AM New York Council Bill Would Eliminate 'Tenant Blacklists' by Ivan Pereira
A City Council member will introduce a bill Thursday that would help New Yorkers avoid being discriminated against for being on the "tenant blacklist."
Councilman Ben Kallos (D-Upper East Side) said there have been too many cases where a prospective home buyer would be denied a lease by a landlord because they were involved in a housing court dispute. The councilman said many of these landlords would request a report about the applicant's history from a service that has access to the court's index number database, but wouldn't go into detail about the circumstances.
"Someone who had a perfectly strong credit score would be denied by the fact that they are in landlord tenant court, even if they were on the right side," he said.
The bill would change the city's administrative code to prohibit a landlord from discriminating against prospective tenants because they were "a party in past or current landlord-tenant action or housing court proceeding." There would be exceptions for tenants who haven't satisfied the terms of a housing court order or suffered serious punishments.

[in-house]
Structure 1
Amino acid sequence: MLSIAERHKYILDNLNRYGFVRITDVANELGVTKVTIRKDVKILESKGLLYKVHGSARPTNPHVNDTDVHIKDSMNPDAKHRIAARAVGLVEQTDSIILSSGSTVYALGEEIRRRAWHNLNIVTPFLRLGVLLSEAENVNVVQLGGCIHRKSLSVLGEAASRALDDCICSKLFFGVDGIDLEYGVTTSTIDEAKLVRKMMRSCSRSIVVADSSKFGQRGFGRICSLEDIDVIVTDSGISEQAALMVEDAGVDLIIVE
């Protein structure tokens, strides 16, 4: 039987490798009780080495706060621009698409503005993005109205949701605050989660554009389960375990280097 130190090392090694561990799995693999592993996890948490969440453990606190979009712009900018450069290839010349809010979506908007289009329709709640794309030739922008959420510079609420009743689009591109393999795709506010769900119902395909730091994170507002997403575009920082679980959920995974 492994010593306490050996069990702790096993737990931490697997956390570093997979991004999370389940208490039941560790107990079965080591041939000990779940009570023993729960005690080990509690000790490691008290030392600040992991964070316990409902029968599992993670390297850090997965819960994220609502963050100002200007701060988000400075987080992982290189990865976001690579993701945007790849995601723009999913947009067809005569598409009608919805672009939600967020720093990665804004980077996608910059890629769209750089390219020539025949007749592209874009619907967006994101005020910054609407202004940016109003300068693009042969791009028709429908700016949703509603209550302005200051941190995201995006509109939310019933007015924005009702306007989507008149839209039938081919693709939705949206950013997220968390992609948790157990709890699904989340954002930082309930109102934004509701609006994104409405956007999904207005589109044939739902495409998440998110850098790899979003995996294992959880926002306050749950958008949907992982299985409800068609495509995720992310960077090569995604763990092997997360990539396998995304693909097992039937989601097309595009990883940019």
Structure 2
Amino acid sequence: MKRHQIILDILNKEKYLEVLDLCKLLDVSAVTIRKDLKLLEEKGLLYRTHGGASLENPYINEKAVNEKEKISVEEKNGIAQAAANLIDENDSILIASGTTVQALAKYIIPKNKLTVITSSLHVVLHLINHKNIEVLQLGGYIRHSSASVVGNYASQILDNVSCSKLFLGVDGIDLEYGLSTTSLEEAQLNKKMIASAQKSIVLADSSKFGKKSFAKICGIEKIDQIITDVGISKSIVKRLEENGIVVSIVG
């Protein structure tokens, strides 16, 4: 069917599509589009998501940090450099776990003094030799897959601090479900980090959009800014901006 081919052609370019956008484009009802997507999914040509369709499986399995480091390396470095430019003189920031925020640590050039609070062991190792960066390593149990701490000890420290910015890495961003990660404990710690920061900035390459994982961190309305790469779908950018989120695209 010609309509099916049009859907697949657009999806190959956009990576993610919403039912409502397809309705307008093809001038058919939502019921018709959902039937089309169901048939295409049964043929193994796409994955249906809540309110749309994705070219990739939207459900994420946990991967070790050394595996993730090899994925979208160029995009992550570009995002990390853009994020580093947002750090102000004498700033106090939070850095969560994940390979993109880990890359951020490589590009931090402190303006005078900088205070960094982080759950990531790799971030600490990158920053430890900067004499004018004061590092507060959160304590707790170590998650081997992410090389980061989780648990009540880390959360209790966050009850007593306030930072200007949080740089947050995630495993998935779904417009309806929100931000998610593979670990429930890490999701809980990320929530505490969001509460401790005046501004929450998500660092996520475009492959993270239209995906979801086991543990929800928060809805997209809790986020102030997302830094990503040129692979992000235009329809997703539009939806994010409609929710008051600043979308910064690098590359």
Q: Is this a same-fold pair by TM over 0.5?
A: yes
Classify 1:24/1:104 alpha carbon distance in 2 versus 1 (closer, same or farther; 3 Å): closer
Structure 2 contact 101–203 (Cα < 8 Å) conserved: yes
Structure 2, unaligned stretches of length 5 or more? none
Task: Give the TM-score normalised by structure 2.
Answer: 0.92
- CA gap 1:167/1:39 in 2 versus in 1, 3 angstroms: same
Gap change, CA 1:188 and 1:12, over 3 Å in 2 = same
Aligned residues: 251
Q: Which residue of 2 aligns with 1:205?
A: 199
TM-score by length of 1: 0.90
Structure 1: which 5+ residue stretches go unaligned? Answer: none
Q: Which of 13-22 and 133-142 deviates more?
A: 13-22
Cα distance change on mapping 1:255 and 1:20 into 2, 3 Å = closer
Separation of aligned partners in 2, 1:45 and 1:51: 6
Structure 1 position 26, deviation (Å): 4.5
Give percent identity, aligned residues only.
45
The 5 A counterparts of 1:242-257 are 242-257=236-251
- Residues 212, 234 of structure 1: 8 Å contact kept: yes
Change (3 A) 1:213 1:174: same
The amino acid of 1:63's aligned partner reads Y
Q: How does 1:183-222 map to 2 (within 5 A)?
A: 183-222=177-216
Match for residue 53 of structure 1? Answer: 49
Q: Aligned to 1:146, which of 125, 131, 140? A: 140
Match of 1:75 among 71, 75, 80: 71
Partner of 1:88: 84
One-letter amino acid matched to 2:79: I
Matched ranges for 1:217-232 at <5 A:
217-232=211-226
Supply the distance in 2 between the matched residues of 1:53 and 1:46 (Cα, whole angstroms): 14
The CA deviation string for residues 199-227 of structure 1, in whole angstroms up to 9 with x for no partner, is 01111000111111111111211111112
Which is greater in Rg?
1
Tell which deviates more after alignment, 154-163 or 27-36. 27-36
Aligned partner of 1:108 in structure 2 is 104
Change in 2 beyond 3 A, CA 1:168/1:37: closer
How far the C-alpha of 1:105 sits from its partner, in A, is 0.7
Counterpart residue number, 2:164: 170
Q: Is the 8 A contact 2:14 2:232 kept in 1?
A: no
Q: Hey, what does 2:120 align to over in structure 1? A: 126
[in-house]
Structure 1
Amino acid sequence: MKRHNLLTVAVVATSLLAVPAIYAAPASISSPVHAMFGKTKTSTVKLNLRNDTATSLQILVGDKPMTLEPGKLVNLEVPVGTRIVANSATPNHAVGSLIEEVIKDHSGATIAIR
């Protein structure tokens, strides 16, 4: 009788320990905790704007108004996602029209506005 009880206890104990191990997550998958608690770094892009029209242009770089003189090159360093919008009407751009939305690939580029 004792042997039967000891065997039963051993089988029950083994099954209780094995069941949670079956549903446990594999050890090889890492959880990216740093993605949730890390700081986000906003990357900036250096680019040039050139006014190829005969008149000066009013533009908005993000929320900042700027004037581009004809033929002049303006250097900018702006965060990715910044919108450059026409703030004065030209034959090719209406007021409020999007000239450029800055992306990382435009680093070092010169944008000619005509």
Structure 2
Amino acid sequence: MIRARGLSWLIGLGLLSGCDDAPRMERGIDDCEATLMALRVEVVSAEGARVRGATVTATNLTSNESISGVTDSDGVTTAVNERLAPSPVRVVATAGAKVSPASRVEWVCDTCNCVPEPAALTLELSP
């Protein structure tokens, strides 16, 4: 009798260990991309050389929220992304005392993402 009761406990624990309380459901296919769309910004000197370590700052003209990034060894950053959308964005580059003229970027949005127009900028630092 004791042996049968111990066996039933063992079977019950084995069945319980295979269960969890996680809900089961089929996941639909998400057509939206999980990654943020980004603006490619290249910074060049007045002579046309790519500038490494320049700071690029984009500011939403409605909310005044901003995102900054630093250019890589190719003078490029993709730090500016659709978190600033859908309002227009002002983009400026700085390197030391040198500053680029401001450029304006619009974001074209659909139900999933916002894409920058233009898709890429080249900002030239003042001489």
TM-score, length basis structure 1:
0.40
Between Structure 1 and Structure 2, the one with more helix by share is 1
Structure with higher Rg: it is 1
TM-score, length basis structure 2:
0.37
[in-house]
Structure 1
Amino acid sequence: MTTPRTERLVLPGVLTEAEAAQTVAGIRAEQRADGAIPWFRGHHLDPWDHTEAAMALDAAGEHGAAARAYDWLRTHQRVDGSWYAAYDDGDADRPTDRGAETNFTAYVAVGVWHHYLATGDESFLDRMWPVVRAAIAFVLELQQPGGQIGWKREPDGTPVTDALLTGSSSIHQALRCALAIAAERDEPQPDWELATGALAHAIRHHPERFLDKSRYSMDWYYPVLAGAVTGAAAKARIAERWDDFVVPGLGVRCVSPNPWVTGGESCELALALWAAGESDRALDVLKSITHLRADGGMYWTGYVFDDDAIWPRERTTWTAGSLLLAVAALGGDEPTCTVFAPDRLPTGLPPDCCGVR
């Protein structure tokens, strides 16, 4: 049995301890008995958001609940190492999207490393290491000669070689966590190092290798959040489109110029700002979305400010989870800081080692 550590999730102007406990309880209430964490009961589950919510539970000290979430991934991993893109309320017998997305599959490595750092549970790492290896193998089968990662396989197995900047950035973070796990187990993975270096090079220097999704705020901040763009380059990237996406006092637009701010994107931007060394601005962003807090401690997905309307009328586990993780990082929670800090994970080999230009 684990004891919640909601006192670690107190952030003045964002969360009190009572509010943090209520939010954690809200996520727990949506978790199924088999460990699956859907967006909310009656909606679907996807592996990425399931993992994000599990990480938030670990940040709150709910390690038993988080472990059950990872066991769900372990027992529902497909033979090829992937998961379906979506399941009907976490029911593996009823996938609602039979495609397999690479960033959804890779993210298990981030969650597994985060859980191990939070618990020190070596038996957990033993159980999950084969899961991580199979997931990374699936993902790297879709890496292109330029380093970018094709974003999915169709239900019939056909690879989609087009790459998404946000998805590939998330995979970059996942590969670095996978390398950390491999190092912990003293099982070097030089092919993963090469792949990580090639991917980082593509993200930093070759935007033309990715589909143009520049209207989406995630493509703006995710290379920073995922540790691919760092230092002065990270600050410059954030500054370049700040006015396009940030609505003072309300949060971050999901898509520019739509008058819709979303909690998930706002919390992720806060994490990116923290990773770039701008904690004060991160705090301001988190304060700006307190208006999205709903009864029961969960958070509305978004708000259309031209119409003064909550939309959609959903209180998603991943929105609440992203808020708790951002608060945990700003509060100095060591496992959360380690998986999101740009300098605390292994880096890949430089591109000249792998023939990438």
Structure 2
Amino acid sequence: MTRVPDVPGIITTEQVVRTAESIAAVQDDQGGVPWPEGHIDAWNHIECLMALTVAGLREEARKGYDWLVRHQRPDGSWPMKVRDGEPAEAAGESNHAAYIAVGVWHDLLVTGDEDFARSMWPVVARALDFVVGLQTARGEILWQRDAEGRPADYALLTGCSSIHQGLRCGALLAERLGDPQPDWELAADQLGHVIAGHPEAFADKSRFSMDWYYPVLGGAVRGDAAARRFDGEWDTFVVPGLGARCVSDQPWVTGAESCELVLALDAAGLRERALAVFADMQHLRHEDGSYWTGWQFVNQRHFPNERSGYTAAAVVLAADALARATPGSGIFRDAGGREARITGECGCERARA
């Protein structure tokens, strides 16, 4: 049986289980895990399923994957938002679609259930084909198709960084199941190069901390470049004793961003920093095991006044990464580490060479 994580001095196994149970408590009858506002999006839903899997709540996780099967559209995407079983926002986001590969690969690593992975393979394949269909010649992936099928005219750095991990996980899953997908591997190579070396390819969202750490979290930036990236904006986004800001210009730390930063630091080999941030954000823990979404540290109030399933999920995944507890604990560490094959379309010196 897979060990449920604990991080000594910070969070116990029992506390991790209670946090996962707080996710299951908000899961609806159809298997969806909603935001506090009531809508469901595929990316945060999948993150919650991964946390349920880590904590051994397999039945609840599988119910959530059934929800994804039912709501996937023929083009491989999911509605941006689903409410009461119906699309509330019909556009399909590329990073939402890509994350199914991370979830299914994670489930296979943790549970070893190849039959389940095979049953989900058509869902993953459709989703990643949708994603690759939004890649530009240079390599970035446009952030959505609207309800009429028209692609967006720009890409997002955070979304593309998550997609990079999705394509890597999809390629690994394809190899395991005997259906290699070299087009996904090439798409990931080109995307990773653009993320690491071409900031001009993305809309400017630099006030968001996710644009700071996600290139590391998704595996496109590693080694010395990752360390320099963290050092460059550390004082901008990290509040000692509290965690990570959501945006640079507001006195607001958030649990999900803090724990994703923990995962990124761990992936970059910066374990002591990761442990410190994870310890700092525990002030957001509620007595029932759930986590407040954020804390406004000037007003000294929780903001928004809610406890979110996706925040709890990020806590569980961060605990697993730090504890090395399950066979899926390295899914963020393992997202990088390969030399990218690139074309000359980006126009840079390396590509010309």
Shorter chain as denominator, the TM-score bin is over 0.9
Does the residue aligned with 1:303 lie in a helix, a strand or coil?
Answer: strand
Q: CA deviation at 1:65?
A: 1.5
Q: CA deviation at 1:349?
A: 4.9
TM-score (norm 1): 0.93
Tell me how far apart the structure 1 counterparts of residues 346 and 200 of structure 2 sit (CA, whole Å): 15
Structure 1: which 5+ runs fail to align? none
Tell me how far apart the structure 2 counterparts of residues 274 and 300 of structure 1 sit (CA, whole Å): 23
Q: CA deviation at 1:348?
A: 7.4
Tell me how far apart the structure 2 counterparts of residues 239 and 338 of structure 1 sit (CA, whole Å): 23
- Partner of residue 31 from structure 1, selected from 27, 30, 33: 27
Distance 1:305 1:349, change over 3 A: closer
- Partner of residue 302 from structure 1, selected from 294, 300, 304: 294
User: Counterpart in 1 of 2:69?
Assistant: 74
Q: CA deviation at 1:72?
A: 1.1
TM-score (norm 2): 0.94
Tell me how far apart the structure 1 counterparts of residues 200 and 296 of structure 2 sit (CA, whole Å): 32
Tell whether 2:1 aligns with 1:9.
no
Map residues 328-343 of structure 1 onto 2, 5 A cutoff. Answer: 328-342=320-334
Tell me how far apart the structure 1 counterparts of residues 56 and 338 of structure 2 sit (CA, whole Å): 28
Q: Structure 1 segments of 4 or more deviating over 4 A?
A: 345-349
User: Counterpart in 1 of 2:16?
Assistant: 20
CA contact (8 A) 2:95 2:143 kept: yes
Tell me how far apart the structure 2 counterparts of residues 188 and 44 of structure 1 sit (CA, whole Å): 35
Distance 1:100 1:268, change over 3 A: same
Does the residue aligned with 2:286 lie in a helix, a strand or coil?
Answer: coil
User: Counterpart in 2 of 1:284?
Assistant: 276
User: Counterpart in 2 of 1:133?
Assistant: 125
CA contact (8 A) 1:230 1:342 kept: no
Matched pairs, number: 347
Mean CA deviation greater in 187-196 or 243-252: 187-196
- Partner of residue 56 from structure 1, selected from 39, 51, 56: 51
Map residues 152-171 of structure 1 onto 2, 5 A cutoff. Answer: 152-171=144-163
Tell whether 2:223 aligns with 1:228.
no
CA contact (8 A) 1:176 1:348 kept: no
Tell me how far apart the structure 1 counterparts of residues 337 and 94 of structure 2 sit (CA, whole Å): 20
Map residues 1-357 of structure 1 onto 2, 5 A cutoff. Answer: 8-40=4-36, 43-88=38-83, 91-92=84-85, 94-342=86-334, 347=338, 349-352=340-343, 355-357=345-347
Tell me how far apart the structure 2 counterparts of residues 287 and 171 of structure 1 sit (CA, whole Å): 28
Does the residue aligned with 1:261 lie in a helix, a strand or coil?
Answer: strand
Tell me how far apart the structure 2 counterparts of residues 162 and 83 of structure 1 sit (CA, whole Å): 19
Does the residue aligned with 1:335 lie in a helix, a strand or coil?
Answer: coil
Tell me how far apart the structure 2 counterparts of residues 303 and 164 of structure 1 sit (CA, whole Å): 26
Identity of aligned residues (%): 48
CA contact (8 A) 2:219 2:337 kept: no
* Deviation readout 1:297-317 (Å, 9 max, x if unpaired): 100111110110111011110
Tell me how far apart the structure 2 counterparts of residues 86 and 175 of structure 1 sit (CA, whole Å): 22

TransUnion, one of many services that provides reports and the Rent Stabilization Association, which represents 25,000 property owners and agents, didn't return messages for comment.
Kallos acknowledged that there are some cases where a tenant may have violated the rules of a lease but in many circumstances, the renter is making a case against a landlord who is neglecting their duties. He hoped that the bill, which already has three co-sponsors, would push the agencies that provide the data that helps all parties out
"We need to live in a society where someone makes a mistake and they correct their mistake, they need to move forward," he said.